History Main / CCGImportanceDissonance

14th Jul '16 8:25:29 AM storymasterb
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** ''Anime/CardfightVanguard'' usually averts the trope because the most powerful cards are also those depicting major lore characters. Perhaps the most notable exception is [[http://cardfight.wikia.com/wiki/Harmonics_Messiah Harmonics Messiah]], a being of incredible power which converted a chunk of the invading Link Joker clan into non-hostile inhabitants of the planet Cray and is treated in near-deific terms by the lore, yet in game is a promo Stride with no effect.

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** * ''Anime/CardfightVanguard'' usually averts the trope because the most powerful cards are also those depicting major lore characters. Perhaps the most notable exception is [[http://cardfight.wikia.com/wiki/Harmonics_Messiah Harmonics Messiah]], a being of incredible power which converted a chunk of the invading Link Joker clan into non-hostile inhabitants of the planet Cray and is treated in near-deific terms by the lore, yet in game is a promo Stride with no effect.
14th Jul '16 8:25:11 AM storymasterb
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** ''Anime/CardfightVanguard'' usually averts the trope because the most powerful cards are also those depicting major lore characters. Perhaps the most notable exception is [[http://cardfight.wikia.com/wiki/Harmonics_Messiah Harmonics Messiah]], a being of incredible power which converted a chunk of the invading Link Joker clan into non-hostile inhabitants of the planet Cray and is treated in near-deific terms by the lore, yet in game is a promo Stride with no effect.
18th Jun '16 6:47:58 PM nombretomado
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* In ''LegendOfTheFiveRings'', minor, often useless characters can be major players in the game due to nothing more than raw fan popularity. Finding a faction with an AscendedExtra isn't the exception, but the rule. Toku and Bayushi Tangen were chump sacrificial characters when introduced. The former's daughter now leads the Scorpion Clan as a regent, and the latter's students now comprise the clan's BigDamnHeroes troops.

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* In ''LegendOfTheFiveRings'', ''TabletopGame/LegendOfTheFiveRings'', minor, often useless characters can be major players in the game due to nothing more than raw fan popularity. Finding a faction with an AscendedExtra isn't the exception, but the rule. Toku and Bayushi Tangen were chump sacrificial characters when introduced. The former's daughter now leads the Scorpion Clan as a regent, and the latter's students now comprise the clan's BigDamnHeroes troops.
3rd Jun '16 3:31:40 PM DaibhidC
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* Killer Robot Games' Legendary Showdown is a card game which draws material from three webcomics: Dr. McNinja, Girl Genius, and Gunnerkrigg Court. While the Dr. McNinja cards are relatively accurate in terms of their relative power, the second edition cards (GG and GK) are much less consistent with their source material.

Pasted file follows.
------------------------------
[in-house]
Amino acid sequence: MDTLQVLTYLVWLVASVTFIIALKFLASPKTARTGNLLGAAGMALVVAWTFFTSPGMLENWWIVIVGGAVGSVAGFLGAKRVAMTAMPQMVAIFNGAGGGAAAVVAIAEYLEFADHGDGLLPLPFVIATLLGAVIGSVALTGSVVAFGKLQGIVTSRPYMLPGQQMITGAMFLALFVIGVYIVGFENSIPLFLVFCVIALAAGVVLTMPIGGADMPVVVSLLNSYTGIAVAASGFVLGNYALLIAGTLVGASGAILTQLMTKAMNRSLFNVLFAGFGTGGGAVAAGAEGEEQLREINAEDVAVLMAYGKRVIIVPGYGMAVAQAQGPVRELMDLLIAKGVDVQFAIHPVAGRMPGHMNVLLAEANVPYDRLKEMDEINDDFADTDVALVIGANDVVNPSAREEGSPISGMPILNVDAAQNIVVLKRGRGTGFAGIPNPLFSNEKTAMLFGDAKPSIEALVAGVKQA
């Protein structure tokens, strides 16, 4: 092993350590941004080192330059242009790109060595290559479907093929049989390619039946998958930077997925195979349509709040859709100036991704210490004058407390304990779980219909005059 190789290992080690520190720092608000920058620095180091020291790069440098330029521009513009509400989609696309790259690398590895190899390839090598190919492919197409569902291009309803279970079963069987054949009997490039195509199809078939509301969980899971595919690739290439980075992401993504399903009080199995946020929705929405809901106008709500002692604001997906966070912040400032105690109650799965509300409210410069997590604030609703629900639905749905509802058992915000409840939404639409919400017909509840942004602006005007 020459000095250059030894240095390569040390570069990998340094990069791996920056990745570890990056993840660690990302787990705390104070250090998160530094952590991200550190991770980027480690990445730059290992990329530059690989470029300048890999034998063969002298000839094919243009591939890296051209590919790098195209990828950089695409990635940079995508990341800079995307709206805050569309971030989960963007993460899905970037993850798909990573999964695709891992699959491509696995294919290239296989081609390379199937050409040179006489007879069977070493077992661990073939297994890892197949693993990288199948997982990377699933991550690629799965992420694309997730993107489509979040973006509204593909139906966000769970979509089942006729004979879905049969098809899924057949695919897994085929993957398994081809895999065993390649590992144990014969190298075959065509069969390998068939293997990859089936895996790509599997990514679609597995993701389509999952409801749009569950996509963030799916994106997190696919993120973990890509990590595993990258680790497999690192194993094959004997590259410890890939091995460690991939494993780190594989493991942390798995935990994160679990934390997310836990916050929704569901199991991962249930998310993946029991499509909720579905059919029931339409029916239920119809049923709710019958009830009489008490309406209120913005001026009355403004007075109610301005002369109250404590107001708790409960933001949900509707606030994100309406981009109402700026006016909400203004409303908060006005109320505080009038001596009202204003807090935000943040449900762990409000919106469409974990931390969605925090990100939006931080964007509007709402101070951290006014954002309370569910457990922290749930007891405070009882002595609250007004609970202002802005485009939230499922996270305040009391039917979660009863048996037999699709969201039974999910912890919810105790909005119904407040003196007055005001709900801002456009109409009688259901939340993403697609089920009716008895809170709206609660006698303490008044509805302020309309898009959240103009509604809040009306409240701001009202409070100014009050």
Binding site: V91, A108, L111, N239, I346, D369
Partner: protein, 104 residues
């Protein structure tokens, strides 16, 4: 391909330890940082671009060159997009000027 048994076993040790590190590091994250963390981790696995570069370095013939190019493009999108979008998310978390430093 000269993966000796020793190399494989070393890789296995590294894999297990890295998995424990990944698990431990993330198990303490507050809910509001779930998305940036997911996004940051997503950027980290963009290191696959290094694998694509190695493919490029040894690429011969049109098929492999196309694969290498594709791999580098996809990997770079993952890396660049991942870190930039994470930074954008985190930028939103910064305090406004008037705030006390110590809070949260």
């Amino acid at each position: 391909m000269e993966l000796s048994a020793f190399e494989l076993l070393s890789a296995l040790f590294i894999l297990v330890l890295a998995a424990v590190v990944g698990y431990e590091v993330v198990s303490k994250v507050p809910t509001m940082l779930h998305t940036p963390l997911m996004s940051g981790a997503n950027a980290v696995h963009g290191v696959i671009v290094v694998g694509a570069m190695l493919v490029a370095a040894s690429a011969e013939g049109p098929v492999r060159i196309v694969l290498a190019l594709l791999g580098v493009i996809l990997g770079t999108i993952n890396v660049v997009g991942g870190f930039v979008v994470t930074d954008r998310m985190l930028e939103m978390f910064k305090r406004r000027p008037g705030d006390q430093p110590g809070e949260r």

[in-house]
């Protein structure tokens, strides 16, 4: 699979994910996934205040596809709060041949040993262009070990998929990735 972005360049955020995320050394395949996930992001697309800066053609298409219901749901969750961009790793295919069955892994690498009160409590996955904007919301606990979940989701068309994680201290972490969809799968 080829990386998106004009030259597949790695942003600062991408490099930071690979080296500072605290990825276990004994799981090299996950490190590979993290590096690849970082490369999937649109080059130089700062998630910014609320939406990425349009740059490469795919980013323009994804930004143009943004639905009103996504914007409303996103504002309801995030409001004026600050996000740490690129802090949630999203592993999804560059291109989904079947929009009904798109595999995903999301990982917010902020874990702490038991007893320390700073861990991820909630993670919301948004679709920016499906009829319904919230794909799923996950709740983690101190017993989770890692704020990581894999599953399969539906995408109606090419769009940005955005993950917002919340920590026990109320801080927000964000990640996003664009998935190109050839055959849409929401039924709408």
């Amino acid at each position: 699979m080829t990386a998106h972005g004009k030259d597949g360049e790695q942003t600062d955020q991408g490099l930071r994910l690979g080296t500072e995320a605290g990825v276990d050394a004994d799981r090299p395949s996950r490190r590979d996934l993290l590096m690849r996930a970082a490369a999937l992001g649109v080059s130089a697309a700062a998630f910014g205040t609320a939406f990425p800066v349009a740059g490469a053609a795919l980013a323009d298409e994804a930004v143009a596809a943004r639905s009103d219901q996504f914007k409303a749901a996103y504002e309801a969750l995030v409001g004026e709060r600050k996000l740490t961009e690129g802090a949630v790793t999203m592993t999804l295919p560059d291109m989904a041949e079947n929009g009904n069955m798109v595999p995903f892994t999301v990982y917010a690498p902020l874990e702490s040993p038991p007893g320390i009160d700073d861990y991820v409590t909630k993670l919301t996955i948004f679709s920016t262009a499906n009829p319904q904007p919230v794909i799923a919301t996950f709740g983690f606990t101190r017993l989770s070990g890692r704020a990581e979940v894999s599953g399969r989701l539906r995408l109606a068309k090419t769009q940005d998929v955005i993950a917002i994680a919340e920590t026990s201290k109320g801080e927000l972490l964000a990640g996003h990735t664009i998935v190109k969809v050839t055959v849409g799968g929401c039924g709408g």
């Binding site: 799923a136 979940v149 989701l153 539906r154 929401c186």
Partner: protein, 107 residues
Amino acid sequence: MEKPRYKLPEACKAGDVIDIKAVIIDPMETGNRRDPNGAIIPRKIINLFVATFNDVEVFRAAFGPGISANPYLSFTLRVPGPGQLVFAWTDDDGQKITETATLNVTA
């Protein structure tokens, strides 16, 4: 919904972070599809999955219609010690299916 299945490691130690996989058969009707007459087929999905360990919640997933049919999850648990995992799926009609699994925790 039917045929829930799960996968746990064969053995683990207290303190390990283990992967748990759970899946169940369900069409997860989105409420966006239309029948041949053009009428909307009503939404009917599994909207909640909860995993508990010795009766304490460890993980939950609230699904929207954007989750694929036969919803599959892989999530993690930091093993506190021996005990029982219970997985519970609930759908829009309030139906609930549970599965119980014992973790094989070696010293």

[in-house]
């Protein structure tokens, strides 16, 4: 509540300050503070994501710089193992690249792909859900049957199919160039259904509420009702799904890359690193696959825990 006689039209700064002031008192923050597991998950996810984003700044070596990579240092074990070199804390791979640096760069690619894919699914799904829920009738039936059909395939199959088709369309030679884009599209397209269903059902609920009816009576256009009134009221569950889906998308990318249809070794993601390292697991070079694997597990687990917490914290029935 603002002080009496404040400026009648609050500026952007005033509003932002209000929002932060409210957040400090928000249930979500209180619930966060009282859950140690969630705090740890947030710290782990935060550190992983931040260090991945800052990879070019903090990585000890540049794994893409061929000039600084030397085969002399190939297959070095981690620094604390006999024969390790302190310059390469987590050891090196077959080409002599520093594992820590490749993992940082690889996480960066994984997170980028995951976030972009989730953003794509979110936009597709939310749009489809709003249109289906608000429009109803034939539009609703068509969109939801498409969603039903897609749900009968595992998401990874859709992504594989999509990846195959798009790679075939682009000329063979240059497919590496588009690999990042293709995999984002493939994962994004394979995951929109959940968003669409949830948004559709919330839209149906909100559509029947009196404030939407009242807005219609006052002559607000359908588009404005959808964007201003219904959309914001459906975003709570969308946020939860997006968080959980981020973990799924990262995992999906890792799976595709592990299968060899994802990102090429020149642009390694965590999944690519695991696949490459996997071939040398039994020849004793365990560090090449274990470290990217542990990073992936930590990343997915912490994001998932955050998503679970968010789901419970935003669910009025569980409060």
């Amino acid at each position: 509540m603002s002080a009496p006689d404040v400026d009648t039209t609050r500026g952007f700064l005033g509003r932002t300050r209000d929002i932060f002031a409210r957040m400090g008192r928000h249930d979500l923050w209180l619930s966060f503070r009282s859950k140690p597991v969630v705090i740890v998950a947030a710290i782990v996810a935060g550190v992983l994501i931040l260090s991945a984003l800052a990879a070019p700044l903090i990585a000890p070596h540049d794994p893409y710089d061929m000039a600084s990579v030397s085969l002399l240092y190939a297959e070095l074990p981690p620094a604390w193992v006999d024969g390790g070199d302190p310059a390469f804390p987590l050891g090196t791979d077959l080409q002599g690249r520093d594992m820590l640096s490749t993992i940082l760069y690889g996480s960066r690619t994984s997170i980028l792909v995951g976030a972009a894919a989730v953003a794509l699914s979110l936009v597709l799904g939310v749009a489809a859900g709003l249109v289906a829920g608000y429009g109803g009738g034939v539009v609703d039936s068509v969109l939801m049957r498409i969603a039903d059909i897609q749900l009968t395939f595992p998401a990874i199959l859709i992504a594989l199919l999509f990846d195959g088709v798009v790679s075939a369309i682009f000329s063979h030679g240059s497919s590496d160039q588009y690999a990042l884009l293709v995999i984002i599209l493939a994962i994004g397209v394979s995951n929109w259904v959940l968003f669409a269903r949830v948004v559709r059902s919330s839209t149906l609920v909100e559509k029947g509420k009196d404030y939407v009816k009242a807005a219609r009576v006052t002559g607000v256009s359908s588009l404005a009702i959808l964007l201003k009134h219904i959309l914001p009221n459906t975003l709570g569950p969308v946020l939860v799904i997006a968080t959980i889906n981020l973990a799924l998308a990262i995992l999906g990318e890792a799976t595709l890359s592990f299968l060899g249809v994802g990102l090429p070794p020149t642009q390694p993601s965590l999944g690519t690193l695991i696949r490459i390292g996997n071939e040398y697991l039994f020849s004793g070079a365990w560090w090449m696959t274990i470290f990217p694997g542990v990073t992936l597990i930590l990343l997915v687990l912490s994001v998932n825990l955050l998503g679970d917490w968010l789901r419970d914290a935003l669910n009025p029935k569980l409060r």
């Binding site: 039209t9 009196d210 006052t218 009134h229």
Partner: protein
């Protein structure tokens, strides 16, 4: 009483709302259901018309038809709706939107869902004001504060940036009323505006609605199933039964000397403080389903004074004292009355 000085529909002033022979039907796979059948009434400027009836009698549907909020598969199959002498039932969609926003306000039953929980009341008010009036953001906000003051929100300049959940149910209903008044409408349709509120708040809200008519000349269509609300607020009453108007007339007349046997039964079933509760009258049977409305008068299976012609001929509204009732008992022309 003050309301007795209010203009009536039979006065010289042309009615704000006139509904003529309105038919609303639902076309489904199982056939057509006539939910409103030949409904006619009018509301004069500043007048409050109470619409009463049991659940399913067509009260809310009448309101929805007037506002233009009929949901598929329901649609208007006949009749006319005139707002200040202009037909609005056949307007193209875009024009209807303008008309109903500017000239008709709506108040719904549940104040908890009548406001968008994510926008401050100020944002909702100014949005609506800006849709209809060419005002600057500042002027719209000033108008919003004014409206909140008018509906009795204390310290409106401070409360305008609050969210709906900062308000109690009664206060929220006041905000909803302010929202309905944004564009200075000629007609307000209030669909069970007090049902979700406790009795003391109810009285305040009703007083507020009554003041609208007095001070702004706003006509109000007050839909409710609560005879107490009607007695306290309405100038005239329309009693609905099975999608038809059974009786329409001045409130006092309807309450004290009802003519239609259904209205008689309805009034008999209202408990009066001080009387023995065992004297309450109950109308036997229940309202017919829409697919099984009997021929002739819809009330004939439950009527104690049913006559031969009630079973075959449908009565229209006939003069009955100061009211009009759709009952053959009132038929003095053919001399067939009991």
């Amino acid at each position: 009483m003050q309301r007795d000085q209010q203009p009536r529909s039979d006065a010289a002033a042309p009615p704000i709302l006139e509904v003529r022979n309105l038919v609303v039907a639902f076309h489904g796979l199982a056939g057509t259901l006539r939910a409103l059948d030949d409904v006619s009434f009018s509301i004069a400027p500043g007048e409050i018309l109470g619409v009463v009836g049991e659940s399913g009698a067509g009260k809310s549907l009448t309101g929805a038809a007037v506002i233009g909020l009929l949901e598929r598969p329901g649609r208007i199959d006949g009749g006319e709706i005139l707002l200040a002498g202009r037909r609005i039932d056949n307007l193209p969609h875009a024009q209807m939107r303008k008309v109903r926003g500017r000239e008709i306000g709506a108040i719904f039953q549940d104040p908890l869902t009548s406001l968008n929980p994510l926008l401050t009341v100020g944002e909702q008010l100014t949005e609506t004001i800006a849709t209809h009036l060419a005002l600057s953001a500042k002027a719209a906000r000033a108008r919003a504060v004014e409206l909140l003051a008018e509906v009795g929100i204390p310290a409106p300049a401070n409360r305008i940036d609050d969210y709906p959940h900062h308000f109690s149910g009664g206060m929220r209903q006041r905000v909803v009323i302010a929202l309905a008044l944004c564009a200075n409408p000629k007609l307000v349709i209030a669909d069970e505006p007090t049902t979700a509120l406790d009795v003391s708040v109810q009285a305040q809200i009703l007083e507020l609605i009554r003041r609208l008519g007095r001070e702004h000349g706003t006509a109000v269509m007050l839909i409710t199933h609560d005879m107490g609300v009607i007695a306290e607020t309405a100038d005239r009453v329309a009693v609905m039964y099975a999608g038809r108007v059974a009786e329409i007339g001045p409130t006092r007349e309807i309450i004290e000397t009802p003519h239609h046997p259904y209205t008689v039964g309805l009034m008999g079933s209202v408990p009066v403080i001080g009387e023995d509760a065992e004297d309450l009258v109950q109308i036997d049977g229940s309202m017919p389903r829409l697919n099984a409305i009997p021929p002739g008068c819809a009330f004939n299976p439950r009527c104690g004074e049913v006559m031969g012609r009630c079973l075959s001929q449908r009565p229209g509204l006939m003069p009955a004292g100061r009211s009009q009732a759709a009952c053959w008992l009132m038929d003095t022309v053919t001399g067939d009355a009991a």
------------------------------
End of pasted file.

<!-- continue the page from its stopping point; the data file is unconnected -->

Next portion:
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* Killer Robot Games' Legendary Showdown ''Legendary Showdown'' is a card game which draws material from three webcomics: Dr. McNinja, Girl Genius, ''Webcomic/DrMcNinja'', ''Webcomic/GirlGenius'', and Gunnerkrigg Court. ''Webcomic/GunnerkriggCourt''. While the Dr. McNinja ''Dr. [=McNinja=]'' cards are relatively accurate in terms of their relative power, the second edition cards (GG and GK) are much less consistent with their source material.
3rd Jun '16 1:10:47 PM Pinokio
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** ''Franchise/MagicTheGathering'' novels don't always reflect the in-game properties of the cards they represent, especially the pre-revision novels. In ''Arena'', an Ironclaw Orc blocks a Grizzly Bear. The cards are Grizzly Bears and Ironclaw Orcs, both are two power and two toughness; the card of Ironclaw Orcs explicitly cannot block creatures of power greater than one. Benalish Hero, a common card with a weak one power and one toughness, is described in the story as one of the best, most elite fighters out there, having undergone some elite training, without explaining how this character would survive against stronger opponents. The promotional "Sewers of Estark" card is an instant granting unblockability to an attacker or no damage to attackers if blocking, while the in-story location has nothing to do with blocking and would be better suited as a land card. In ''Shattered Chains'', Dingus Egg and Nova Pentacle are used for teleportation, while the cards are about dealing and redirecting damage. There is also the Stone Brain, an artifact unique to the story that can take away one's spellcasting ability, described as a Living Artifact mistaken for a Mana Vault, which neither have the ability to do in the game. In ''Final Sacrifice'', the Dragon Engine is a massive siege weapon, while the card has only three toughness. The Lord of Atlantis is an elemental sea god while the card is a merfolk. The Keldon Warlord in the story has power based on rage, while the card has power and toughness based on the number of creatures the player controls. Force of Nature is a nature based spell, giving greater mana and godlike power to the caster, while the card is a creature known for its high power and toughness, and instead of giving mana, costs more mana due a high casting cost and high upkeep cost.